Some of us focus on the grim picture and others prefer to be optimists. After all, happiness is the ultimate pursuit of life. So, let me just summarise the grim picture first, then let me explain more about women’s power and beauty.
UN data sources inform that nearly 60 per cent of women around the world work in the informal economy, earning less, saving less, and at greater risk of falling into poverty. For the same job, women earn 23 per cent less than men.
In a recent survey, Jayati Ghosh and CP Chandrashekhar reported that in the 15-59 age group, women share 20 per cent of the jobs. They found that 94 per cent of women surveyed were forced to engage in unpaid labour, while the number was just 20 per cent for men.
Nevertheless, we have seen changes in the status of women with education and economic independence. We have examples all around. Many of them rejoice around Women’s
Day. However, the change that we are celebrating may be more statistical than experiential.
Whenever Women’s Day approaches, we see media celebrating ‘the women in you’. They sell diamonds watches and what not. We start glorifying the entrenched ‘love’ and ‘duty’ deep in family values. The woman we celebrate is that super functioning mother/wife/daughter-in-law.
She has now become a financially productive superwoman who can multitask and achieve it all. She can take care of herself, home, children, elderly parents and the husband in many cases.
From soap operas to films, to neighbourhood gossip, all celebrate the women, who can have a career but will take care of their families well. I would like to mention one such empowering advertisement. Preganews has come up with an advertisement in which a woman is educated, working and is a one-stop solution for all family problems. The younger daughter-in-law is pregnant which is something the elder one is shown to be aspiring for but apparently unable to have a baby.
Towards the end of the advertisement, the whole family gathers to applaud her for her stereotypical caregiving roles and convinces her that her womanhood is complete even without a baby. The question is what if she was so caught up at her work that she did not have time for making tea and attending to her domestic responsibilities? What if she doesn’t want to have a baby? She will be made to feel inadequate. And in most cases, if she is the “good lady” she will be the one to feel these gaps. This is where we stand in our progress towards inequality. That’s the superwoman we end up celebrating. Our social network glamorises only certain ways of feeling and being.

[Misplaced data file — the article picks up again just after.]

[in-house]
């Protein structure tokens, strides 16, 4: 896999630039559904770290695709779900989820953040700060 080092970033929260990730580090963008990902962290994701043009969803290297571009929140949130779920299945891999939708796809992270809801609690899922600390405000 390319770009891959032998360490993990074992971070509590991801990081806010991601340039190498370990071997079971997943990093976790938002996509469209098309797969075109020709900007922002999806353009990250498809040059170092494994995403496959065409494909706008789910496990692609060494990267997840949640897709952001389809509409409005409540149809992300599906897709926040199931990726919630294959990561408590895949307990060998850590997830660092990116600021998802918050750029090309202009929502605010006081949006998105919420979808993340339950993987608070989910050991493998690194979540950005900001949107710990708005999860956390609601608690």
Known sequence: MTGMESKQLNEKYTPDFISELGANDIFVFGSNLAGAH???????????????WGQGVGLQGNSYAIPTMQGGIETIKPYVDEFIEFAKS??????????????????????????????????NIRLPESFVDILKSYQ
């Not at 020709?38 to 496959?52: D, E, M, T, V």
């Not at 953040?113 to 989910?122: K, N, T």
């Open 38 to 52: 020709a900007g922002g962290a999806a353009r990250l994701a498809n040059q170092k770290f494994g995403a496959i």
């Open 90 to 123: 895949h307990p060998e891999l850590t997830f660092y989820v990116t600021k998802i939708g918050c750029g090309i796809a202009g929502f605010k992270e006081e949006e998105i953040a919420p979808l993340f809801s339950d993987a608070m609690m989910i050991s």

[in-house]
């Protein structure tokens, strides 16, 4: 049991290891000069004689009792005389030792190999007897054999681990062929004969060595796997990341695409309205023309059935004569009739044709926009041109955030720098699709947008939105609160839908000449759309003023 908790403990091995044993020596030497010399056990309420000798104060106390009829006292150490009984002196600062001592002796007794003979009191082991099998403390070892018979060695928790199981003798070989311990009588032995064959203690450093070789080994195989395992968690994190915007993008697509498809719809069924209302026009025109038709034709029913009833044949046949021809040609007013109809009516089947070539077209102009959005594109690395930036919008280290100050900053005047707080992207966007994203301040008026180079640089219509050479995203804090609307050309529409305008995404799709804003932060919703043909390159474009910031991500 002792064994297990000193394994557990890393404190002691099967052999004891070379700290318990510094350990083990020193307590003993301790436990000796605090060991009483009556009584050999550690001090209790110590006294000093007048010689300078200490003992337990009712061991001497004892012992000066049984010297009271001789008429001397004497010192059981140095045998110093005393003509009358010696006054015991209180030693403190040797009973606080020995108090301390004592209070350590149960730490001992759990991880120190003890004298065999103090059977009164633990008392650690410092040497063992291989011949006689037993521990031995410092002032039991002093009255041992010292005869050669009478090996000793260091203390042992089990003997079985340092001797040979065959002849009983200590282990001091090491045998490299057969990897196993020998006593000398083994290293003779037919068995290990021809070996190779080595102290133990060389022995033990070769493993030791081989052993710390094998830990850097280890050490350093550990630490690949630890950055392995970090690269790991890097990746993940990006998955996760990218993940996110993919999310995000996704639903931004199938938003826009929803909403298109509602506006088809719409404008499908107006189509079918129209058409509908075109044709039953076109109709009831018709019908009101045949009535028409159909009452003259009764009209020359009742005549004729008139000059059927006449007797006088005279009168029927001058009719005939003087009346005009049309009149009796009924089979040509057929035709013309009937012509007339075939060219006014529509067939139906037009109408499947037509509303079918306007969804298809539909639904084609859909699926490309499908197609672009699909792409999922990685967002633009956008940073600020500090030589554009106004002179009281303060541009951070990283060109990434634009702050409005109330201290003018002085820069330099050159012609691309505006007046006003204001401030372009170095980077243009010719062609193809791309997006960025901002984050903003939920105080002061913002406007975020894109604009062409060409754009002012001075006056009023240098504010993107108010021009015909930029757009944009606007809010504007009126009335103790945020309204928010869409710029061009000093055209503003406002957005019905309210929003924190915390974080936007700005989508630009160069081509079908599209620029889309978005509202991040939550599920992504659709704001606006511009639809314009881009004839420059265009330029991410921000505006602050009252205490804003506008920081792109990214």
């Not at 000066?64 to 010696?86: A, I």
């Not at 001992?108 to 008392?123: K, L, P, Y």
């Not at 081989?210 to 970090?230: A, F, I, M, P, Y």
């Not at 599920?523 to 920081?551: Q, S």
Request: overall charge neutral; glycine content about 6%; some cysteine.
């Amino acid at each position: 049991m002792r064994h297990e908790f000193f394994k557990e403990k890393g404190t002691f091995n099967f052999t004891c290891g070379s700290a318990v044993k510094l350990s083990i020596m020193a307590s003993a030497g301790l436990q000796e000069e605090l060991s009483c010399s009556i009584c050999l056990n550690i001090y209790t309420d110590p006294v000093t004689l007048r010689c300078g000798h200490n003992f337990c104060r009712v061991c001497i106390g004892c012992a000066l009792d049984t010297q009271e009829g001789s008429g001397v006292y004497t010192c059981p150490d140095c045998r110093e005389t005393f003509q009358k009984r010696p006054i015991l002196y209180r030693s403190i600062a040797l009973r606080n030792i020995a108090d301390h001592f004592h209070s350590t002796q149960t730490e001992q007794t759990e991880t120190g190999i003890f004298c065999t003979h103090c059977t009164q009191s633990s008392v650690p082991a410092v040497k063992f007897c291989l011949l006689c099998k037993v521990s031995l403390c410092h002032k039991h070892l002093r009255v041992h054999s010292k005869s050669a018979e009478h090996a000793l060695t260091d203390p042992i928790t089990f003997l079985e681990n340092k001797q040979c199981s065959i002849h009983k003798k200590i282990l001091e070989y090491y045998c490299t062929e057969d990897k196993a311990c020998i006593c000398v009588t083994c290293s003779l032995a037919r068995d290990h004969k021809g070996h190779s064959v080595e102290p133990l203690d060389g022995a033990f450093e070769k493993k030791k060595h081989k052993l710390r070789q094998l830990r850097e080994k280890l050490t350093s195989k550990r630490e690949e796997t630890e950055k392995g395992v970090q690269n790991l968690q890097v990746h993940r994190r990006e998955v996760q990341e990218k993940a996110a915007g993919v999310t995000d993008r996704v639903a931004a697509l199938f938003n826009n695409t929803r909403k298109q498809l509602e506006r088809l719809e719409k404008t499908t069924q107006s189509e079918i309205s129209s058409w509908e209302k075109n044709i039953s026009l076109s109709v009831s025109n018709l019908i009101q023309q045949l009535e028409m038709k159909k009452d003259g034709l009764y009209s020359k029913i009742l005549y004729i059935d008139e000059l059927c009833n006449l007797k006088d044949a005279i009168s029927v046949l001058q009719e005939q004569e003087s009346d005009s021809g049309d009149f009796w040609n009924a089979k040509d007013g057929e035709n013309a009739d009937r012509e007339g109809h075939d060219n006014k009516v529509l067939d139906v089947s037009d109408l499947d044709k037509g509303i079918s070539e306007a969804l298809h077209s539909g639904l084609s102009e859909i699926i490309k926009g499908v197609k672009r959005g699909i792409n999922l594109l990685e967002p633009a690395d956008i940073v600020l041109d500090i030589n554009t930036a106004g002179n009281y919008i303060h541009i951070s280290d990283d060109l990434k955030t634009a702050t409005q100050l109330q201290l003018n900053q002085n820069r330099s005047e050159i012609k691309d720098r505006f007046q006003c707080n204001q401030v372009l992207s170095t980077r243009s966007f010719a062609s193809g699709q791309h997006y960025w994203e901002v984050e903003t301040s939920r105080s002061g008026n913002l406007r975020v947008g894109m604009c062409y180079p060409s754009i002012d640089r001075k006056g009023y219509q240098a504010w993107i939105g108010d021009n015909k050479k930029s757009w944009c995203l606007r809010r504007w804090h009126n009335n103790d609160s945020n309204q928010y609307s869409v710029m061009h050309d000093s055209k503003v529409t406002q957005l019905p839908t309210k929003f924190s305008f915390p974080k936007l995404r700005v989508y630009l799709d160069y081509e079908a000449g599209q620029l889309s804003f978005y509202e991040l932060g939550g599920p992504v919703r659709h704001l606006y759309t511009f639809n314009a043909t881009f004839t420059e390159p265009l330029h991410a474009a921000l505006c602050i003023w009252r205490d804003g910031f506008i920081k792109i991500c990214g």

Moving ahead, whenever we debate the solutions to gender inequality we find education in an emancipatory role. But the reality is that most of the educated girls in our society grow up with emotional and social baggage of keeping the honour of their families. Educating girls is generally seen and projected as an obligation by middle-class parents and society.
These obligatory dues are to be paid off by complying with their families and in-laws. Since they have been educated, now they are expected to be much more liable to do so. Thus, though there are exceptions, we find a number of women caught in culturally conditioned psychological behaviour. The results are continued tolerance of abuse and dowry deaths of educated women.
Our education, which is largely a response to global and economic forces, prepares engineers, doctors, CAs, teachers, scientists and so on. However, there is no education about handling our psychological and emotional dilemmas. Because handling your emotions and feelings is not a part of any economically productive skill, it is largely ignored. We do learn about our bodies and surrounding in environmental studies, but exploring our minds and emotions is left largely to ourselves.
Our kinship networks and media fill the gap by reinforcing gender-specific roles.
Thus, International Women’s Day is definitely a time to celebrate the progress we made but if we look at the history of it, we know it is about reflecting, questioning and protesting the in-built hierarchies and injustice which nowadays we end up celebrating in the name of it.
(The writer is an Assistant Professor, School of Social Science, NIAS, Bengaluru)
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